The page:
For design purposes, it is difficult to anticipate the temperature of the thermopile hot junction (T1). However, for most practical applications,
(Tr -T1)>>(T1 -T2)
Therefore, for the purposes of establishing the value of the thermopile output voltage (Ep), the approximation T1 ≈T2 can be used. Making the substitution of T2 for T1 in equation (9), the thermopile output voltage becomes:
Ep ≈a1 (Tr -T2) K. (10)
The thermopile 20 is connected electrically in series with the thermocouple 24. The thermocouple 24 is formed of wire 23 and wire 25. Wire 23 (shown by a dashed line) is of a different metal than wire 25. The two junctions of the thermocouple are junction 31 and terminals 27 and 29. Junction 31 is maintained at the same temperature (T2) as the cold junctions 28 of the thermopile 20. The second junction, terminals 27 and 29, is at a reference temperature (TO). The voltage (Ec) produced across terminals 27 and 29 as a result of the two thermocouple junctions can be represented as follows:
Ec =αc (T2 -T0) (11)
where αc is a Seebeck coefficient for the thermocouple materials and T0 is the temperature of terminals 27 and 29 at the controller 18.
Since the thermopile 20 and the thermocouple are connected electrically in series, the combined output voltage (Eo) appearing across the terminals 27 and 29 is the combination of the thermopile output voltage (Ep) and the thermocouple output voltage (Ec):
Eo =Ep +Ec. (12)
Combining equation (10) and equation (11):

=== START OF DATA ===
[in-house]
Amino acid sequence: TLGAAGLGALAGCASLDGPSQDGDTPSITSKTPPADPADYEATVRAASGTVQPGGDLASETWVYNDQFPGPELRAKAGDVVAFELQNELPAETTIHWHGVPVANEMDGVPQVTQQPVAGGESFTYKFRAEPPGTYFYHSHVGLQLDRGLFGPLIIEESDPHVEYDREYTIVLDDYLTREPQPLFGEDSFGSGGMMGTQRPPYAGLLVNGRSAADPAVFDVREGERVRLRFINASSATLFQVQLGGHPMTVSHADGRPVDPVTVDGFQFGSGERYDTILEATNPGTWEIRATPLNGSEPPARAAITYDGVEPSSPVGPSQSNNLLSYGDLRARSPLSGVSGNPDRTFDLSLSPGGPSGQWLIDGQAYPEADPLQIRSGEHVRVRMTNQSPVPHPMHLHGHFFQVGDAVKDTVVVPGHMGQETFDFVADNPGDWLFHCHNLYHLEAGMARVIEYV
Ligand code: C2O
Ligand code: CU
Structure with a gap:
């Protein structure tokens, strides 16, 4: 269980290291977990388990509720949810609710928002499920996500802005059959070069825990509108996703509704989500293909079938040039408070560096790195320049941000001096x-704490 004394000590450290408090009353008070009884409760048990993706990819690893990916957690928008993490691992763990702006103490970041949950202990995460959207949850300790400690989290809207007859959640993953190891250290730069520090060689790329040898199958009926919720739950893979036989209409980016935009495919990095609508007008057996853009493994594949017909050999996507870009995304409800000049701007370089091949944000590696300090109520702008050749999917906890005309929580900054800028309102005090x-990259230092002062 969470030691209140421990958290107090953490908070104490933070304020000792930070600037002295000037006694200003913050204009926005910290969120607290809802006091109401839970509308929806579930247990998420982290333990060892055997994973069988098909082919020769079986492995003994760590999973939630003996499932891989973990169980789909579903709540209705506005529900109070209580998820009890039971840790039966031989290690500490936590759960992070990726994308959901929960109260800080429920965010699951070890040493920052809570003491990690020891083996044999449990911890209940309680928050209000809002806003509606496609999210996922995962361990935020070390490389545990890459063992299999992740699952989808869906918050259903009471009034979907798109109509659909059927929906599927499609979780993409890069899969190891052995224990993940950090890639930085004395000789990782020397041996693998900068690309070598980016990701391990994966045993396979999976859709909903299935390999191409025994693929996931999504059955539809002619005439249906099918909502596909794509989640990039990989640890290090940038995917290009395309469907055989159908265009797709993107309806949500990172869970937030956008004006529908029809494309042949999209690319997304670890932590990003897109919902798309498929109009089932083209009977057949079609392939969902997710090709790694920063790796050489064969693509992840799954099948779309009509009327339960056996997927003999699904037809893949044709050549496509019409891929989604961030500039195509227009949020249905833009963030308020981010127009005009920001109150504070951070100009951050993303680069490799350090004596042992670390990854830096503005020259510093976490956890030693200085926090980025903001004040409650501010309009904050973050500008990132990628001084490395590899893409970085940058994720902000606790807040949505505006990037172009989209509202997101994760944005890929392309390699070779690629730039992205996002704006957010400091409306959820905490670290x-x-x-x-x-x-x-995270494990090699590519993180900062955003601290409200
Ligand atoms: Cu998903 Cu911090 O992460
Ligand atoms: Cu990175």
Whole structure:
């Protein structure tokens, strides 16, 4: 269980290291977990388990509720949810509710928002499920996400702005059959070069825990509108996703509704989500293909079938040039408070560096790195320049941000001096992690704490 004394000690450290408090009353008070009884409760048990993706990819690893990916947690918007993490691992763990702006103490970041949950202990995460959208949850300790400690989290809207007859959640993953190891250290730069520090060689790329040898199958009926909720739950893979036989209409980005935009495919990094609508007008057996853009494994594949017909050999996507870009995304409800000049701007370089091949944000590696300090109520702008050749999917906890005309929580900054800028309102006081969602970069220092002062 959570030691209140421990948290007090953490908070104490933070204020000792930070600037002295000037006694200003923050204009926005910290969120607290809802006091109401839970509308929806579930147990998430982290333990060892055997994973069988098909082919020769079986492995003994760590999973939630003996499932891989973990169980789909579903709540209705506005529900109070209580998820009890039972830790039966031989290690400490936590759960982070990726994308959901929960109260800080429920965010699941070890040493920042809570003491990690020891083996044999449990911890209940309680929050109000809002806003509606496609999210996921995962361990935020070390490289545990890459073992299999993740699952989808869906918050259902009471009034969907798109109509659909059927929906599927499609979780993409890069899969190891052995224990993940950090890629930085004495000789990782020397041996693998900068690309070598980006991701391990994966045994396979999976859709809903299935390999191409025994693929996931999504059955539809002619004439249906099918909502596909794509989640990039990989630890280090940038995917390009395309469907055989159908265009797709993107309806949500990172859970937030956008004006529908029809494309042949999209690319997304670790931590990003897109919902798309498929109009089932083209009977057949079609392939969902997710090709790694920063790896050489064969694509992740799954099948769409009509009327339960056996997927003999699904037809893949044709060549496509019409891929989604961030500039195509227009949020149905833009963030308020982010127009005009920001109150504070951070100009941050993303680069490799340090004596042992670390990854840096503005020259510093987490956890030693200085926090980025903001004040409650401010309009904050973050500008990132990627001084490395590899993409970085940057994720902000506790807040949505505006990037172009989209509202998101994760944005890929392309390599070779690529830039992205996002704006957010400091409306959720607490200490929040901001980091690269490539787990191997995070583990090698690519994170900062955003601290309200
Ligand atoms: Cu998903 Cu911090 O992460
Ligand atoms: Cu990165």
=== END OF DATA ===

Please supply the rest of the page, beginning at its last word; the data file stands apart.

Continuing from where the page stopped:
Eo ≈a1 (Tr -Ta) K+a2 (Ta -T0) (13)
a2=a c, and
As noted previously, radiant temperature (Tr) and ambient temperature (Ta) contribute about equally to the thermal comfort (C) of the subject (not shown). Thus, an incremental change in either radiant temperature or ambient temperature produces about the same change in thermal comfort:
∂C/∂Ta ≈∂C/∂Tr ≈X.
Accordingly, the sensing assembly 16 is configured to be equally sensitive to radiant and ambient temperatures over a temperature range of interest. As such, an incremental change in radiant or local (ambient) temperatures produces the same change in the combined output signal (Eo). To accomplish this, the resistive element K is selected such that thermopile output voltage and the thermocouple output voltage change at same rate over a temperature range of interest. More specifically, a value of K is chosen such that: ##EQU1## which gives, when applied to equation 13: ##EQU2## Substituting into equation (13), the combined output signal can be represented as follows:
Eo ≈a1 (Tr -Ta)+2(a1) (Ta -T0) ≈a1 Tr +a1 Ta -2a1 TO (14)
Based on equation (14), the combined output signal of the sensing assembly changes at the same rate in response to a change in radiant or ambient temperature:
∂Eo /∂Ta ≈∂Eo /∂Tr ≈a1.
Thus, for example, a one degree change in radiant temperature (Tr) will have the same effect on Eo as a one degree change in ambient temperature (Ta). The combined output signal (Eo) is received by the controller 18 which may be a microprocessor. Responsive to the value of the combined output signal, the controller 18 regulates the flow rate and/or temperature of the air supplied to the enclosure 12.